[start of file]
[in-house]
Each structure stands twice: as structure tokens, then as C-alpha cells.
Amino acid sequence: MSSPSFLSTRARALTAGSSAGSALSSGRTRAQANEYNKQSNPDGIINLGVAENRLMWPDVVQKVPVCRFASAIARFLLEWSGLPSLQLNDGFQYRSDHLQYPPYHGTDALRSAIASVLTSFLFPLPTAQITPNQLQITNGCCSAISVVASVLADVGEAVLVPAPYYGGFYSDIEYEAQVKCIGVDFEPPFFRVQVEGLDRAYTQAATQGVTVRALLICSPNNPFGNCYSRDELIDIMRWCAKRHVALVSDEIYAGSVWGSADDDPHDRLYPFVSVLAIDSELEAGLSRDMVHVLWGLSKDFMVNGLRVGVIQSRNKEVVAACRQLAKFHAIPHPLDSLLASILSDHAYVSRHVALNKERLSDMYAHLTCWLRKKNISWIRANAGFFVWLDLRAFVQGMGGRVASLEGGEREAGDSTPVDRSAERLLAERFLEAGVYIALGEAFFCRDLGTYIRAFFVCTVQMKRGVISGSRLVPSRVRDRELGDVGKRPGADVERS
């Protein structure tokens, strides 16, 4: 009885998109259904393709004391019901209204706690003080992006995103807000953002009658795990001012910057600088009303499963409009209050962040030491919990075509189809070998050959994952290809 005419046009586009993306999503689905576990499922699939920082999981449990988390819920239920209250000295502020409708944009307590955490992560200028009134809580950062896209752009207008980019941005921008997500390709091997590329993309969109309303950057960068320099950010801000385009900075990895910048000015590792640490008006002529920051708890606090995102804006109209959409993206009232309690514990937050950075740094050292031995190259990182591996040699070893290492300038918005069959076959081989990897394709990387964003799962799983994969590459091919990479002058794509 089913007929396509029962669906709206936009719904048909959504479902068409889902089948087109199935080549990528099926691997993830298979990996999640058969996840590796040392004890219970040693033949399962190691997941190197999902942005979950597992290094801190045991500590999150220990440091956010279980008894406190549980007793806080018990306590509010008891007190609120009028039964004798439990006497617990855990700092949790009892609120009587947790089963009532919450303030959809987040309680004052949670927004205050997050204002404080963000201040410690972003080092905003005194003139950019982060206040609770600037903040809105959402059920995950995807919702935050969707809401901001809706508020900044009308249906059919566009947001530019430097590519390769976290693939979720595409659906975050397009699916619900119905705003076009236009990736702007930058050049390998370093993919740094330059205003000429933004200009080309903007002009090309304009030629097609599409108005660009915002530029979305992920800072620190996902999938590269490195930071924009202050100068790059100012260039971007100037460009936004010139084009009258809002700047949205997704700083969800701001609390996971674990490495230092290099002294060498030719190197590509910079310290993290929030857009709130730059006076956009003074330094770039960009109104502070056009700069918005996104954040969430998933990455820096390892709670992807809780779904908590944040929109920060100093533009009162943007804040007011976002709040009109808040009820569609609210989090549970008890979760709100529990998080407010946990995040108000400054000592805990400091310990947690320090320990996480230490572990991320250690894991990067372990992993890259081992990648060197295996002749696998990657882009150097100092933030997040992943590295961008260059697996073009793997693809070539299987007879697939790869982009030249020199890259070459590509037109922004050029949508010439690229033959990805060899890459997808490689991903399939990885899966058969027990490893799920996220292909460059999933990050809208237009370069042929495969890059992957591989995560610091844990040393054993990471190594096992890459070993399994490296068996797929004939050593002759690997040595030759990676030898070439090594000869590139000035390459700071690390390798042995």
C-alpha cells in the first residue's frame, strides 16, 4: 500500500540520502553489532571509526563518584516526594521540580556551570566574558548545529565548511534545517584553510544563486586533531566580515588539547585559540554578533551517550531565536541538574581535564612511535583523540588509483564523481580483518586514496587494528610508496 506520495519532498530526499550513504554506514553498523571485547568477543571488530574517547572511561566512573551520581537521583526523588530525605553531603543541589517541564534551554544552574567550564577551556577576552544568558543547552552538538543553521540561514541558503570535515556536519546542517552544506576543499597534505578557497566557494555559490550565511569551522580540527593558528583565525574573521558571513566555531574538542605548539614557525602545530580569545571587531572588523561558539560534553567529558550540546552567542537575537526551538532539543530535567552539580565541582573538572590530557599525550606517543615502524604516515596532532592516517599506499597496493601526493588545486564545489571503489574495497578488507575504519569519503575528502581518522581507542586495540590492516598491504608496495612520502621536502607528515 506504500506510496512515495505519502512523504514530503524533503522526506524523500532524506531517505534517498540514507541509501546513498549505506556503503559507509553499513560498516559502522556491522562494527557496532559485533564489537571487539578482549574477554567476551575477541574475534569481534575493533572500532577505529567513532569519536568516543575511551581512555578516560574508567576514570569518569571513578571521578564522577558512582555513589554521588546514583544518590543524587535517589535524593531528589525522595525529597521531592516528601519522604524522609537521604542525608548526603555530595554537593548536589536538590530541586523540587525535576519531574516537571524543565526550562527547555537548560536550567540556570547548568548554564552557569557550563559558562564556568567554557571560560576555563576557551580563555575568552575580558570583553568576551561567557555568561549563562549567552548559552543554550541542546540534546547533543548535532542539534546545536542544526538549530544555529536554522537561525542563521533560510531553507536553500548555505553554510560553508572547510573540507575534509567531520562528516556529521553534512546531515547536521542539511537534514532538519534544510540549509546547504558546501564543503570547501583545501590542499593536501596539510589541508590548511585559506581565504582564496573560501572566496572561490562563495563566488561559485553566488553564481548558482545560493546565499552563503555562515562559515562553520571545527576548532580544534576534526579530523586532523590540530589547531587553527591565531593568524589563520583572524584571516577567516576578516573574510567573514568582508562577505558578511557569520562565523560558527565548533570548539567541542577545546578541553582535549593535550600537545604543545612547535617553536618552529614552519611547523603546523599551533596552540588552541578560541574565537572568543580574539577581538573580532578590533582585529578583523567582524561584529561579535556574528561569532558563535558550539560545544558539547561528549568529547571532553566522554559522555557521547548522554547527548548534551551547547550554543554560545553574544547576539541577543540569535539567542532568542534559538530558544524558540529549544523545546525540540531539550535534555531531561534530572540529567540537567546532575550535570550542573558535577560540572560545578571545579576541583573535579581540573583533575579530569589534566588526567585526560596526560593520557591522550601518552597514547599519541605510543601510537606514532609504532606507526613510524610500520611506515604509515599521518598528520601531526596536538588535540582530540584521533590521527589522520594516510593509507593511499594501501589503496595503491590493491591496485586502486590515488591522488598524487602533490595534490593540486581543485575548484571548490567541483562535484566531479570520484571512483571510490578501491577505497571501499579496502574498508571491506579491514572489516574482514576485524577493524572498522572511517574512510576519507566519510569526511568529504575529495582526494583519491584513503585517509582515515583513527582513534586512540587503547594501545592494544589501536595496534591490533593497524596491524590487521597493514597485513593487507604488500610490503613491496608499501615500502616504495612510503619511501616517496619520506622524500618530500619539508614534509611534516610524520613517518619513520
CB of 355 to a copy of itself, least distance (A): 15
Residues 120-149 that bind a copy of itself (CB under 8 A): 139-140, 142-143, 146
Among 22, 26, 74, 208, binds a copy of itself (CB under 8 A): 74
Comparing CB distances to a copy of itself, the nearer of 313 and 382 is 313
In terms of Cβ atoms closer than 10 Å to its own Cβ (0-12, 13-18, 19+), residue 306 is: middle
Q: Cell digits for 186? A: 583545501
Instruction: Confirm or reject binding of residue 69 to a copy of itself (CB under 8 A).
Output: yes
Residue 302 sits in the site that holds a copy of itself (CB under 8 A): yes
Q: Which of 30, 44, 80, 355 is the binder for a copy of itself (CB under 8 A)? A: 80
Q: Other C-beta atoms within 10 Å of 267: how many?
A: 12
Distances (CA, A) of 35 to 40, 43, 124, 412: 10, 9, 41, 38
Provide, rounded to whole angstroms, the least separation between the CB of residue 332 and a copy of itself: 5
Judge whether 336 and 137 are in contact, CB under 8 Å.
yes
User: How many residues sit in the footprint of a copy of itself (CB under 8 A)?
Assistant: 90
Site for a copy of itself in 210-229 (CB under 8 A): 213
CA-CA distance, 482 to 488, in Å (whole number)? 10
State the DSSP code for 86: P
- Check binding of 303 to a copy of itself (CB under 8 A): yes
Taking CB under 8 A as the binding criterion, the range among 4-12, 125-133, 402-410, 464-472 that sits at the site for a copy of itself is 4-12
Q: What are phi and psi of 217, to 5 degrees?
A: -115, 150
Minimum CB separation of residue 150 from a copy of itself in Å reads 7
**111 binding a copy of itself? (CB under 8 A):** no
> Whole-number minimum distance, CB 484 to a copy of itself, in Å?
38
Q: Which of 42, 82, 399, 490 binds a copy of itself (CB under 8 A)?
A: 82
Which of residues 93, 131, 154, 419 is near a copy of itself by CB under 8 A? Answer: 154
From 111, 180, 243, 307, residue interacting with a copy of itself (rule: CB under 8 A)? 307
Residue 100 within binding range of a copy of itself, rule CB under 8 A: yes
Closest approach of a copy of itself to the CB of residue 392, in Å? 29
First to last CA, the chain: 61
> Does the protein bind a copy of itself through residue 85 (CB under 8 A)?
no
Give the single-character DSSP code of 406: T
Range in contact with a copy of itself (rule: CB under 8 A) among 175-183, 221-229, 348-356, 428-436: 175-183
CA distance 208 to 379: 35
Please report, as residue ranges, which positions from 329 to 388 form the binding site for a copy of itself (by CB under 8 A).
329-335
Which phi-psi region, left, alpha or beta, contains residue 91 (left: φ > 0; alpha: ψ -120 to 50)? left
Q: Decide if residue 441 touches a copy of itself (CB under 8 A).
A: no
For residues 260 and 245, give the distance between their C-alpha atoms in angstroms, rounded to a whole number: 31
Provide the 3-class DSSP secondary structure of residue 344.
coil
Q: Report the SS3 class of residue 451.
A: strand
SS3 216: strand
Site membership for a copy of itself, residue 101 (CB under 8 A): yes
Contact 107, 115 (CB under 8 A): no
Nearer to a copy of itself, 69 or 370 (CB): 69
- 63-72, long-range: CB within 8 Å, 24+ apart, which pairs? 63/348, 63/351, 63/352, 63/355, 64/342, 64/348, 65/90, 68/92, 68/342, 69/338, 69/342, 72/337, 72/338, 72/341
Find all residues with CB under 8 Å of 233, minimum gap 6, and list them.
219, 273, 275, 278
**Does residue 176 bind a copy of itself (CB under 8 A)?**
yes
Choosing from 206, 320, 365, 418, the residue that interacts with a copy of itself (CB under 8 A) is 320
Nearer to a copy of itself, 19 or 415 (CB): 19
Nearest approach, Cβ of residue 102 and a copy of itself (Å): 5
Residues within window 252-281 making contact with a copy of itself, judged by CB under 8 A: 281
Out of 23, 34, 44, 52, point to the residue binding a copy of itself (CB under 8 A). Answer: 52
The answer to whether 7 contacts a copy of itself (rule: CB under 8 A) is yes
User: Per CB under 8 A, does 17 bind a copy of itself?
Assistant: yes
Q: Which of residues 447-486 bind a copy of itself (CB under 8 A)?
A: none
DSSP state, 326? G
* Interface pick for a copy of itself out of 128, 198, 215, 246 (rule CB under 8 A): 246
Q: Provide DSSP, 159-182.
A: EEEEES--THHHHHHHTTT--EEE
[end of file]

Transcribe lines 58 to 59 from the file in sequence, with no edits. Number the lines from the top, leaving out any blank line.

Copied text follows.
Site membership for a copy of itself, residue 101 (CB under 8 A): yes
Contact 107, 115 (CB under 8 A): no